Comcast Drops MSG Networks

MSG Networks
(Image credit: MSG Networks)

NEW YORK—After being unable to come to a new carriage agreement, the MSG Networks have gone dark on Comcast’s Xfinity channel lineup, primarily in New Jersey and Connecticut. 

The MSG Networks carry games from New York Knicks, New Jersey Devils, New York Rangers and New York Islanders. A prolonged dispute could keep the games off the cable systems as the NBA and NHL seasons begin.

Regional sports networks are some of the more expensive channels carried on pay TV packages and have been the subject of increasingly contentious negotiations between operators and programmers. 

In a statement, MSG Networks complained that: “Right when fans are looking forward to the start of the NBA and NHL seasons, Comcast dropped MSG Networks to try to force us to accept terms they’d never agree to for their own regional sports networks, including SNY in New York. They rejected proposals that are consistent with their current deal and deals we have with other major providers, as well as our offer to keep our programming on air under existing terms so we could continue to work on a longer-term agreement. And even though they’ve taken away hundreds of live Knicks, Devils, Rangers and Islanders games, they continue to charge Xfinity customers the same monthly rate -- in addition to a regional sports fee that they increased 22% in January to more than $10 per month. Comcast’s refusal to negotiate is deeply disappointing.”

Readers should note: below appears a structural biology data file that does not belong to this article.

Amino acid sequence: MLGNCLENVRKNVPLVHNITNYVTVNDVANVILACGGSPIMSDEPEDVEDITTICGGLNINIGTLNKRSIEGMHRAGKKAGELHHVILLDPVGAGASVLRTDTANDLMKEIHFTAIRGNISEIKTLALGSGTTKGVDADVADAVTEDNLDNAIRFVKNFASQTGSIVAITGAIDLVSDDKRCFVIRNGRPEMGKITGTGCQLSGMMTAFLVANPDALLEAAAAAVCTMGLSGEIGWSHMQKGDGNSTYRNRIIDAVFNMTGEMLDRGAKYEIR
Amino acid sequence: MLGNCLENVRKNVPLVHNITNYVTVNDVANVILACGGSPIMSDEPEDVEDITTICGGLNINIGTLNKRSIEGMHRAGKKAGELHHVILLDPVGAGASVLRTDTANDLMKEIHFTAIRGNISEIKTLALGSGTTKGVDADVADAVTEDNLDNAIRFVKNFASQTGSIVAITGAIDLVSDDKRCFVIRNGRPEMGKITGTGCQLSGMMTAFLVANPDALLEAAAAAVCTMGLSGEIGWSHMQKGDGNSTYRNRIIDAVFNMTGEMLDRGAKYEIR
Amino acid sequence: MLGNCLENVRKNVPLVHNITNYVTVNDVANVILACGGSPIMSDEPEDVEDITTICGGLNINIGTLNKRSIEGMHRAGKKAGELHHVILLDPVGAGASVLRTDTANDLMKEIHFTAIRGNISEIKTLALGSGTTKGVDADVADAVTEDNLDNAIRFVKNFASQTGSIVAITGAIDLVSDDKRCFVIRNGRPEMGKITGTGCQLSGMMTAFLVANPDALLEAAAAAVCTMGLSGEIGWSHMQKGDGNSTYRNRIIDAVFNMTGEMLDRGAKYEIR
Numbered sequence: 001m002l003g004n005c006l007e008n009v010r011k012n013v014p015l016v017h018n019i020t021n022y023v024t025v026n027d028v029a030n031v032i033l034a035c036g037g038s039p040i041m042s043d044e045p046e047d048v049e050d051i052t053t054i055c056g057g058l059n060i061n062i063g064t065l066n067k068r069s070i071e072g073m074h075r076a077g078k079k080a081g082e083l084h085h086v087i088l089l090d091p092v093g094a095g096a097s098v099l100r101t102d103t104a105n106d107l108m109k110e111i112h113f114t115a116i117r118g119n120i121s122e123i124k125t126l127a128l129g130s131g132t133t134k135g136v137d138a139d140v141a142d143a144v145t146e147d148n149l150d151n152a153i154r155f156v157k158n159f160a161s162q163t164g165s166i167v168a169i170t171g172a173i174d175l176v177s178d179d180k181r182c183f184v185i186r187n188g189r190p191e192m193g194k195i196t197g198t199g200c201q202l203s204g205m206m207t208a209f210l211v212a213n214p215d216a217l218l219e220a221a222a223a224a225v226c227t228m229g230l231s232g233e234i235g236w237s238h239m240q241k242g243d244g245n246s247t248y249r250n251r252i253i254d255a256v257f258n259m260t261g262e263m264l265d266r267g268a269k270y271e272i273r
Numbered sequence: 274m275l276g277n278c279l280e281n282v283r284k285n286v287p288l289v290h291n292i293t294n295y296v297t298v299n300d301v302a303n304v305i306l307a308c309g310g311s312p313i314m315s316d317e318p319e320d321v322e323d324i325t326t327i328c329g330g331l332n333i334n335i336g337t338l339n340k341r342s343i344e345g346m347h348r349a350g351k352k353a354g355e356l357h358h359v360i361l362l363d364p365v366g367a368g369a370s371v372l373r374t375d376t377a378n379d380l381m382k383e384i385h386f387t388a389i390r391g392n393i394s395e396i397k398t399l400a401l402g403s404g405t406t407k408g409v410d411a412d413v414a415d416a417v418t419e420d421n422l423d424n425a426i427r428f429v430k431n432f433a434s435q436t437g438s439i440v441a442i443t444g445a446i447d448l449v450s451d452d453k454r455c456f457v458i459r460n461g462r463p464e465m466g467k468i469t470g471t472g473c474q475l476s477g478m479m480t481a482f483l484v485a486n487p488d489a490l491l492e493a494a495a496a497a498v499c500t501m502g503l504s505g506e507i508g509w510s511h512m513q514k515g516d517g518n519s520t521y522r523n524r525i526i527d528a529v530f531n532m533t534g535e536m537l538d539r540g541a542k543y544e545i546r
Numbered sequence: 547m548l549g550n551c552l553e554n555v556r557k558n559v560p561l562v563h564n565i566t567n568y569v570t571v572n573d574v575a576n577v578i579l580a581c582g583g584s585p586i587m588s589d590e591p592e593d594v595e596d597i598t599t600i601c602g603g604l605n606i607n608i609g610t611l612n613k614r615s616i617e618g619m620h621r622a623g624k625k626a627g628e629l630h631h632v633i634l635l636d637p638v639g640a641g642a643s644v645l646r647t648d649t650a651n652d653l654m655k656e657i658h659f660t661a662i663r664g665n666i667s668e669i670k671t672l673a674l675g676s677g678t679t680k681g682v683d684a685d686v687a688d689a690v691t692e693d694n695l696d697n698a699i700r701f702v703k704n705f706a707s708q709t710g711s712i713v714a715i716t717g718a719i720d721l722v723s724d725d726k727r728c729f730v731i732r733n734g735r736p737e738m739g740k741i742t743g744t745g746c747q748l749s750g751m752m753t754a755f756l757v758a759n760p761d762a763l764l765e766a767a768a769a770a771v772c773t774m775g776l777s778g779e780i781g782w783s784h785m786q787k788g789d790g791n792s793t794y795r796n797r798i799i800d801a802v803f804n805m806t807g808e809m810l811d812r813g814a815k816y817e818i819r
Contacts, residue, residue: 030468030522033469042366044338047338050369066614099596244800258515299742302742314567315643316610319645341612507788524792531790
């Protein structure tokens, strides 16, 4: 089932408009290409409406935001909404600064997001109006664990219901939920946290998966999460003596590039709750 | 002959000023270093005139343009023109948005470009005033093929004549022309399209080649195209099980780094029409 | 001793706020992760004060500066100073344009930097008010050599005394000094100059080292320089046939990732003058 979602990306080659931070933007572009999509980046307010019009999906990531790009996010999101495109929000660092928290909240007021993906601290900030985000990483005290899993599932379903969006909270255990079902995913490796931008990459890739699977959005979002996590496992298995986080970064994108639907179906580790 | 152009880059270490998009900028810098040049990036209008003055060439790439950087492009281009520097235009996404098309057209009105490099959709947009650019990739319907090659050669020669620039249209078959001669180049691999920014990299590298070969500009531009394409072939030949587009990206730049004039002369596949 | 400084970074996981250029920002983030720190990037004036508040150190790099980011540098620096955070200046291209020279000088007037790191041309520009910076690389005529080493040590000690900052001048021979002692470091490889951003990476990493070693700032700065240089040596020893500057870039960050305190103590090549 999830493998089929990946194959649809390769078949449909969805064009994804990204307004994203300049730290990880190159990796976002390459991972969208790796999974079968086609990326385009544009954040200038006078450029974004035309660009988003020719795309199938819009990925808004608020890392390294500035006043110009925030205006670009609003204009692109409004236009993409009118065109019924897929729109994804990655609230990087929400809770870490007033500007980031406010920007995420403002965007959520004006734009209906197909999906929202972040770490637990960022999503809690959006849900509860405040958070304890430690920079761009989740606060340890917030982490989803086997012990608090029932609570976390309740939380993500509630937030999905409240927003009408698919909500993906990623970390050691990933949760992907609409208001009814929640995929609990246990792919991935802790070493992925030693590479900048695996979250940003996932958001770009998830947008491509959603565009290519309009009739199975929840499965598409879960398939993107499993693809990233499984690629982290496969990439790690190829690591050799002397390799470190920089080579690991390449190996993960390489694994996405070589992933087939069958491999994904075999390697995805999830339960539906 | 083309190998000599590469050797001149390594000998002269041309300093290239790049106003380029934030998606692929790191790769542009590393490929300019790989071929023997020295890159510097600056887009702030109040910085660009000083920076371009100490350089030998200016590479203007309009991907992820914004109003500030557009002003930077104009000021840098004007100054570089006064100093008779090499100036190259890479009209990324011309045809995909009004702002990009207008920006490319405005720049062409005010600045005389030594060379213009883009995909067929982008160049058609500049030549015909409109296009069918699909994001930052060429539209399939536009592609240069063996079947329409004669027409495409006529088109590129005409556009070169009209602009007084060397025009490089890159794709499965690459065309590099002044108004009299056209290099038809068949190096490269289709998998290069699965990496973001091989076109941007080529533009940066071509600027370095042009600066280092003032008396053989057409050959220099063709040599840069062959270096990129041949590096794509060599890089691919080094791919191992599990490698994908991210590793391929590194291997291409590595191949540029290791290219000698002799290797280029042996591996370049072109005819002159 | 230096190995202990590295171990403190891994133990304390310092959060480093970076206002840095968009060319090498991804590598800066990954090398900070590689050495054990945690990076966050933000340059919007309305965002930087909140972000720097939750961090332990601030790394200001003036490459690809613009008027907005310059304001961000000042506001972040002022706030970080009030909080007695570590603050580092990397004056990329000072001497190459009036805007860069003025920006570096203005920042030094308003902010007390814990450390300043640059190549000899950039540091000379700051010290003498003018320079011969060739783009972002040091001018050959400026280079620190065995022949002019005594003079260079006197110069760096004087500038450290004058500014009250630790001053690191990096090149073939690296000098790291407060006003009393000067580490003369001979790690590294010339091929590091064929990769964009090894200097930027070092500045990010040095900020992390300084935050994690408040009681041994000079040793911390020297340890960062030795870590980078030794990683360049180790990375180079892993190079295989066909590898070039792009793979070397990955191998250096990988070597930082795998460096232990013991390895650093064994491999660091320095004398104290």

In response Comcast issued this statement: “We don’t believe that our customers should have to pay the millions of dollars in fees that MSG is demanding for some of the most expensive sports content in the country with extremely low viewership in our markets. We have successfully negotiated thousands of agreements with programmers and reached agreements in almost every instance and are disappointed that MSG decided to pull their content rather than reach a fair agreement.”

George Winslow

George Winslow is the senior content producer for TV Tech. He has written about the television, media and technology industries for nearly 30 years for such publications as Broadcasting & Cable, Multichannel News and TV Tech. Over the years, he has edited a number of magazines, including Multichannel News International and World Screen, and moderated panels at such major industry events as NAB and MIP TV. He has published two books and dozens of encyclopedia articles on such subjects as the media, New York City history and economics.